Global health is witnessing momentous changes in the way it will be governed in the future, and not just at the World Health Organization (WHO). The current crisis is an opportunity for countries like India to recast its health diplomacy and fork out a new vision for India’s role in world health.
WHO, the indisputable centre of global health, has suffered what could be a serious set-back, with its largest donor, the US, freezing funds, pending investigations into the role of the UN’s only technical agency in the early days of the ongoing pandemic and its allegedly “China-centric” focus.
Currently, the WHO is the war room that coordinates research and development, and issues technical guidance to more than 190 countries on how its member-states must fight COVID-19. The situation is hardly conducive for facing sudden financial uncertainty even as the organisation serves up crucial technical assistance on everything from surveillance, to patient management, to mental health for frontline healthcare workers, to risk communication and community engagement, in addition to launching an international clinical trial to find treatment options, and even helping kids read indoors.
A number of countries have offered to step in, to help the WHO continue its important firefighting work of leading the response even as the pandemic has reached more than 2.2 million cases and left more than 150,000 people dead over the last four months. As commentators have pointed out, the US contributes 16% of the WHO budget – of which 4% accounts for assessed contributions (like “subscription fees”), perhaps not as significant as the 12% that come in the form of voluntary contributions, primarily towards polio eradication and emergency work. Early analyses by WHO indicate that essential health programmes including polio eradication and trauma management, and WHO’s emergencies work in certain countries will be affected by the potential suspension of American funding.
Much has been said about the growing Chinese influence at the UN and how that it is expected to grow within the WHO. Multilateral organisations have been arenas where geopolitics flourish and reconfigure. The unfortunate timing of the pandemic will not stop opportunistic political games or trade wars from playing out. There is a vacuum to be filled, products to sold, and lives to be saved.
Anyone who has tracked the US attack against multilateralism is now familiar with its playbook. In fact, some observers have stated that American discomfort with multilateral institutions, including the WTO, predates the current Trump administration and goes well into the Obama years at the White House.
Given how high prices of medicines became an inevitable rallying point in the US, the Trump administration was progressively inching towards working with other member-states on matters of drug pricing, for example. So in some sense, the American decision to freeze funding to WHO, is on one hand, not surprising given its previous politics, and yet on the other, somewhat perplexing given its timing.
Director-General of the World Health Organization (WHO) Tedros Adhanom Ghebreyesus speaks next to Michael J. Ryan, Executive Director of the World Health Organization (WHO) Health Emergencies Programme during a news conference after a meeting of the Emergency Committee on the novel coronavirus (2019-nCoV) in Geneva, Switzerland January 30, 2020. Photo: Reuters/Denis Balibouse
The pandemic will definitively recast global health in health security terms. There will be a decisive tilt to make borders more secure, despite the lack of evidence on the efficacy of travel restrictions during health emergencies. There are ongoing efforts to curb export restrictions at the WTO. This will be a tussle between stronger multilateralism and short-term populist politics dictated by domestic calculations. There are apprehensions that an increased role for China could mean coding authoritarian tendencies and non-transparency into global governance of health.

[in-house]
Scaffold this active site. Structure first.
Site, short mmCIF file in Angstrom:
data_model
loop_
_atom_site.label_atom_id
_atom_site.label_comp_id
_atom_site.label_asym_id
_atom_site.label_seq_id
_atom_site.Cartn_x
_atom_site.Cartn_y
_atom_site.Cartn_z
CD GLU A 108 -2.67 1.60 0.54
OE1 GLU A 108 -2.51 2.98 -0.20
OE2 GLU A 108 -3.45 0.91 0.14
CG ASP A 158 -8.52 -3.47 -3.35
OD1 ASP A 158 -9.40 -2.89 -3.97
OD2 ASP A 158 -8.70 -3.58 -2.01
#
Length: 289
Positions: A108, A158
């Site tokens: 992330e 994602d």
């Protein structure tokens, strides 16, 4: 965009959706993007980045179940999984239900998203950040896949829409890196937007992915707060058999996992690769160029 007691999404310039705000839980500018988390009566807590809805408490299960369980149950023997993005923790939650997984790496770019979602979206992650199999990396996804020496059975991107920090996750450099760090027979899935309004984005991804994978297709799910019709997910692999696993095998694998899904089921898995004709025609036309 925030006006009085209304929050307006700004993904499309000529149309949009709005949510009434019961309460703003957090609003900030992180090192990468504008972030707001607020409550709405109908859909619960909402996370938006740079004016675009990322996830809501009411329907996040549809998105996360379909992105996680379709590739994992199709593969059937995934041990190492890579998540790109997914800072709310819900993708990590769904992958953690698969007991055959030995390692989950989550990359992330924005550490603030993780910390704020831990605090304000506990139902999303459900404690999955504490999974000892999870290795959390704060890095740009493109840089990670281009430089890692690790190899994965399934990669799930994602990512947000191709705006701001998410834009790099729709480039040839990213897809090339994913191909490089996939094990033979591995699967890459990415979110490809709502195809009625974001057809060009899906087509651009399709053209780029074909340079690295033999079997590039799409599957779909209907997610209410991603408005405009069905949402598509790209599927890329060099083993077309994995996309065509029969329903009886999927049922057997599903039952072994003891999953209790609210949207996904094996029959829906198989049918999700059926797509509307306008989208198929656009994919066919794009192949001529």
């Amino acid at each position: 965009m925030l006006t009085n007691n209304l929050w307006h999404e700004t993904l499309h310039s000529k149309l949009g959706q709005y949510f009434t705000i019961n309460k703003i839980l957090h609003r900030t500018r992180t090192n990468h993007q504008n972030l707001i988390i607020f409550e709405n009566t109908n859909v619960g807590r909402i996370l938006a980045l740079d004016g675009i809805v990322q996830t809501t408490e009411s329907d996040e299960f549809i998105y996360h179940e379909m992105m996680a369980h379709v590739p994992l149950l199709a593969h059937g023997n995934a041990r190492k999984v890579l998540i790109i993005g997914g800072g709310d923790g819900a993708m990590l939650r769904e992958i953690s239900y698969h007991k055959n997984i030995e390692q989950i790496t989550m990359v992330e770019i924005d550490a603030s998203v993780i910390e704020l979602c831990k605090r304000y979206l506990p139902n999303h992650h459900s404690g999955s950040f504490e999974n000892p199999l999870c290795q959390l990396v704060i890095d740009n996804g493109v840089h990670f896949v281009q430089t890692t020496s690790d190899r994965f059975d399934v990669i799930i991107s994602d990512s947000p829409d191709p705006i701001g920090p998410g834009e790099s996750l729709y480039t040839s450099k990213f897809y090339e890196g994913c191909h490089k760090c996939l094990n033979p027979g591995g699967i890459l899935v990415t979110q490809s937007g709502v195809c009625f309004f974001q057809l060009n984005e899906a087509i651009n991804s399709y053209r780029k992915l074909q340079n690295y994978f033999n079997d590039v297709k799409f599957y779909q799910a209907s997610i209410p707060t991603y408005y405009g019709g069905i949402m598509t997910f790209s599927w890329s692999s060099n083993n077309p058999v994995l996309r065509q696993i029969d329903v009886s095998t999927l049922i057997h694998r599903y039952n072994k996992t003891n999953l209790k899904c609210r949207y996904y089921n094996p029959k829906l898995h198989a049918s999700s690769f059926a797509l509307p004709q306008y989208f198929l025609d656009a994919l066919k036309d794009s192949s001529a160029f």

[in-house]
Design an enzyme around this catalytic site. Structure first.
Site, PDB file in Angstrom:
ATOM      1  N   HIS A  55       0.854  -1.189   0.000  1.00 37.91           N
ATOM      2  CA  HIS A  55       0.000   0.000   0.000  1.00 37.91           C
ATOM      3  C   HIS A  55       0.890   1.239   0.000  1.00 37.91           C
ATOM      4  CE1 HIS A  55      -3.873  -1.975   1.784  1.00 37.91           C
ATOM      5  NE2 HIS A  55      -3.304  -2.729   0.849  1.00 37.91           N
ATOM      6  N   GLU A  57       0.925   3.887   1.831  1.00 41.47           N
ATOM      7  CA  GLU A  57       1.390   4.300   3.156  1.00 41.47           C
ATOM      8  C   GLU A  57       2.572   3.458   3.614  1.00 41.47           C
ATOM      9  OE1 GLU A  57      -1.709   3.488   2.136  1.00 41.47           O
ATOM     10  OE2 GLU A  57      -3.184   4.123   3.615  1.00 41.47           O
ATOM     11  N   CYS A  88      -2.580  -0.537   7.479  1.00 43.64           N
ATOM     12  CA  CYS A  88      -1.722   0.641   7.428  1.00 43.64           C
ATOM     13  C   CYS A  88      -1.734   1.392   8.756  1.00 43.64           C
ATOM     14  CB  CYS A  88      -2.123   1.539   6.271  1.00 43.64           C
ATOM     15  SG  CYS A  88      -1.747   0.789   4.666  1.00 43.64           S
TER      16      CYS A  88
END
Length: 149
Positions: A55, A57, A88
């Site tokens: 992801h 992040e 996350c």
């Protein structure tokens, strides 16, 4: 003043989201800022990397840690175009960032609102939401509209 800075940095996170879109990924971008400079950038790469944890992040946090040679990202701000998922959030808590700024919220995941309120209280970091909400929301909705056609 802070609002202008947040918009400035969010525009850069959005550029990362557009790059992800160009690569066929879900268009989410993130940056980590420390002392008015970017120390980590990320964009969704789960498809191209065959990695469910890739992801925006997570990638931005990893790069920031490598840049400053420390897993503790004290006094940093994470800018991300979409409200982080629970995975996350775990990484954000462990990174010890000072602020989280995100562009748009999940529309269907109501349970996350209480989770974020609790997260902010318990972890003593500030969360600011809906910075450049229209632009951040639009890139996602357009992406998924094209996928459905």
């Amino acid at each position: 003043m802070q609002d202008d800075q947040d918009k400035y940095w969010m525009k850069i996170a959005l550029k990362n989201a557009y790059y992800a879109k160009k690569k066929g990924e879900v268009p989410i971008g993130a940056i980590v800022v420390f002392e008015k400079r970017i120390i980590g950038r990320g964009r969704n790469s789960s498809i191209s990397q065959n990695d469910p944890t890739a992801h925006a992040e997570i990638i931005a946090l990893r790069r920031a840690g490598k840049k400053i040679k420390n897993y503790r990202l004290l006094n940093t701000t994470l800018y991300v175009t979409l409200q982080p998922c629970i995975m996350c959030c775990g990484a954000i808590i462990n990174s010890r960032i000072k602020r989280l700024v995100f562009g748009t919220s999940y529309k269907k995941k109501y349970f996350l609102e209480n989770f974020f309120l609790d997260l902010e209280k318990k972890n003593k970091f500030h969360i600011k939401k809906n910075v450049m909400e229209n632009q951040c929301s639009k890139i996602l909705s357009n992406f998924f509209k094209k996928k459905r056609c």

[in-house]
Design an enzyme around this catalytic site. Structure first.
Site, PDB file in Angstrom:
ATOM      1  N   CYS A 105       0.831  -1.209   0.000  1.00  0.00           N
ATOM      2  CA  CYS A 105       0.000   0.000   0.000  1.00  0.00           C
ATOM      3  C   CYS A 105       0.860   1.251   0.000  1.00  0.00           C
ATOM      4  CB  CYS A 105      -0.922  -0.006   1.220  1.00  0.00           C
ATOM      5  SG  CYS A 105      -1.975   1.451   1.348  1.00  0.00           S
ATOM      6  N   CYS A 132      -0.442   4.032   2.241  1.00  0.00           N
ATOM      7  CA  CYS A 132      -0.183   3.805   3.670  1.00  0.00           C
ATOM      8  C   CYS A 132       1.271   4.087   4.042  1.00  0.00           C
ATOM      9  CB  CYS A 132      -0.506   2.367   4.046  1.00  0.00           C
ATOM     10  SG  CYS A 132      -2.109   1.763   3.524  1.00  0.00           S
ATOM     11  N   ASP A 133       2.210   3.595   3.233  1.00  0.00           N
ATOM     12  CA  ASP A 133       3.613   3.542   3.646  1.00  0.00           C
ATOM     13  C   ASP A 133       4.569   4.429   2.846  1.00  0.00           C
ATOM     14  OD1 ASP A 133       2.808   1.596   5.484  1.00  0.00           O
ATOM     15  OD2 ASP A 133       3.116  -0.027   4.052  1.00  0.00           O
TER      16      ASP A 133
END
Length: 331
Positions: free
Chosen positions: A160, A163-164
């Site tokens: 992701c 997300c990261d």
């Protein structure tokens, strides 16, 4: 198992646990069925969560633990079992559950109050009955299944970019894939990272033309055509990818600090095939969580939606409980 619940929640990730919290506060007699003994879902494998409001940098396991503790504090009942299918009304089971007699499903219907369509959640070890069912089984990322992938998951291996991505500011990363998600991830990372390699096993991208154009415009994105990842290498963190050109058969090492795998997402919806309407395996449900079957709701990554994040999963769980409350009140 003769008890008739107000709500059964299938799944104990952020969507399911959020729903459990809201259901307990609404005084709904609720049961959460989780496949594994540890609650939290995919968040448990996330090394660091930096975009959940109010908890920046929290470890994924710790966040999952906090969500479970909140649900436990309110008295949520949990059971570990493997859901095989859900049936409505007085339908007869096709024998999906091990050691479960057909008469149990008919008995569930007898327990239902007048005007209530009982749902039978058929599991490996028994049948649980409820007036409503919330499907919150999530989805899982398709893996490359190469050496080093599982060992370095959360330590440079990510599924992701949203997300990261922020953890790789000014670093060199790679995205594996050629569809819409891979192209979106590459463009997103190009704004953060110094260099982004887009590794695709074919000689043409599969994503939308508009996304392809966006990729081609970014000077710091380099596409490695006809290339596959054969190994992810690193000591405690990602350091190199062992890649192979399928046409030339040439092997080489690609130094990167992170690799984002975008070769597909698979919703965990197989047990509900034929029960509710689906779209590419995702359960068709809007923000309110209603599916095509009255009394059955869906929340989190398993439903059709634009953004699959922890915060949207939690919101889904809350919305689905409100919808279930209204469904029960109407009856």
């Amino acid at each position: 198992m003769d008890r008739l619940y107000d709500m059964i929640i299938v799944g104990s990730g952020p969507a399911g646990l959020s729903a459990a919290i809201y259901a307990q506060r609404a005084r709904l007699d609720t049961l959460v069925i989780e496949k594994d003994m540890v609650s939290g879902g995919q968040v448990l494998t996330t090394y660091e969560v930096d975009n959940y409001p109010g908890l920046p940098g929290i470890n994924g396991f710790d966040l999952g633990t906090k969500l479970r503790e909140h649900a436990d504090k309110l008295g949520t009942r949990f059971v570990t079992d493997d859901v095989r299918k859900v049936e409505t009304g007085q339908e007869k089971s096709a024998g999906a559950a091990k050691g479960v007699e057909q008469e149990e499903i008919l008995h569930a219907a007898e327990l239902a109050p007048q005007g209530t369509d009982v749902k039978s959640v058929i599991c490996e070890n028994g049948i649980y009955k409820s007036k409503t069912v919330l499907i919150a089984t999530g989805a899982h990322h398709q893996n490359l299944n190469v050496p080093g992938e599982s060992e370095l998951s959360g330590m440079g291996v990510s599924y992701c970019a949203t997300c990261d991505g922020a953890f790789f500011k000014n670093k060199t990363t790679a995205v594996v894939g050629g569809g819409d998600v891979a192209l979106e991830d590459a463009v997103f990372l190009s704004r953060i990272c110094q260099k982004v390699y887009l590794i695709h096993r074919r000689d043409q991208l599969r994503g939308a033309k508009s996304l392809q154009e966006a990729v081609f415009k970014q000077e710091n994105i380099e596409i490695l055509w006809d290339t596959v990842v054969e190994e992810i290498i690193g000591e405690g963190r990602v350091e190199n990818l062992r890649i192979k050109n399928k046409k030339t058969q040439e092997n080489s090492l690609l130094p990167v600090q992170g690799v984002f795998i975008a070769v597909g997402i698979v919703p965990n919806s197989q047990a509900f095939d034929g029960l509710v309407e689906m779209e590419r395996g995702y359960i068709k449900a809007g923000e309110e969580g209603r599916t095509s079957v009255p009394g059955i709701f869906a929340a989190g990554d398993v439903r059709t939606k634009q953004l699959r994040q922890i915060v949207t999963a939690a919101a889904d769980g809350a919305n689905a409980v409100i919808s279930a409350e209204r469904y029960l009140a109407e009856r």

But this, in part, could be a fallacious, simplistic narrative. The reality is in fact much more complex and nuanced. The European Union, a key player, on how these global international development complexes are run, will not simply move aside to accommodate stronger interests. The game is on.
So where and how does India feature in all of this? Irrespective of China’s future role at WHO, here is what India can and must do.
Adopting “whole of government approach” to health
Like others, India must step in and support WHO, and multilateralism in health. India owes it, not only to Indians, but to people worldwide. India’s recent statement of support to WHO is welcome, but this should be followed up by concrete, defining efforts.
We must take this opportunity to chart out a comprehensive health policy that takes into account how this pandemic has implications for trade, economics and of course, health. This is not about today or the next five years, but a vision for all future governments. Health should be front and centre, to secure both economic growth and the demographic dividend.
WHO has repeatedly called for a “whole of government approach”. We need a cross-disciplinary expert group defining such a health policy. The government must take the lead in constituting and bringing together expertise that takes a range of factors into account. The government needs to have a plan, and share if it already has one, on a coherent strategy to engage with multilateral institutions across different sectors post-COVID19. In Geneva-speak, diplomats call it “policy coherence”, where health interests are treated and addressed in a coherent manner across different sectors.
Globally, one hopes that this pandemic would usher in the return of expertise. India must embrace science, expertise and blend a truly inter-disciplinary approach to global health which fuses diplomacy, external affairs, health, trade, urban planning, and finance, among others, to improve well-being. Pandemics and countries, cannot be effectively addressed by a small ring of inward-looking politicians, disregarding expert advice, as both the US and UK, have belatedly recognised.
Given its position as the pharmacy of the world, India must continue to honour its supply chain commitments under the difficult circumstances of a country-wide lockdown that has affected production. Already, its access to some APIs was disrupted early in the year, when Chinese suppliers were affected – other countries will work on their supply chains to reduce dependence on countries like India and China.
Further, by increasing its commitment to the health goals for its population, India will single-handedly help global health, like no other country can. Why? India has some of the highest burdens of disease both infectious and non-communicable diseases, in addition to having dismal health indicators. Strengthening health systems and ensuring primary health care will address some of these challenges.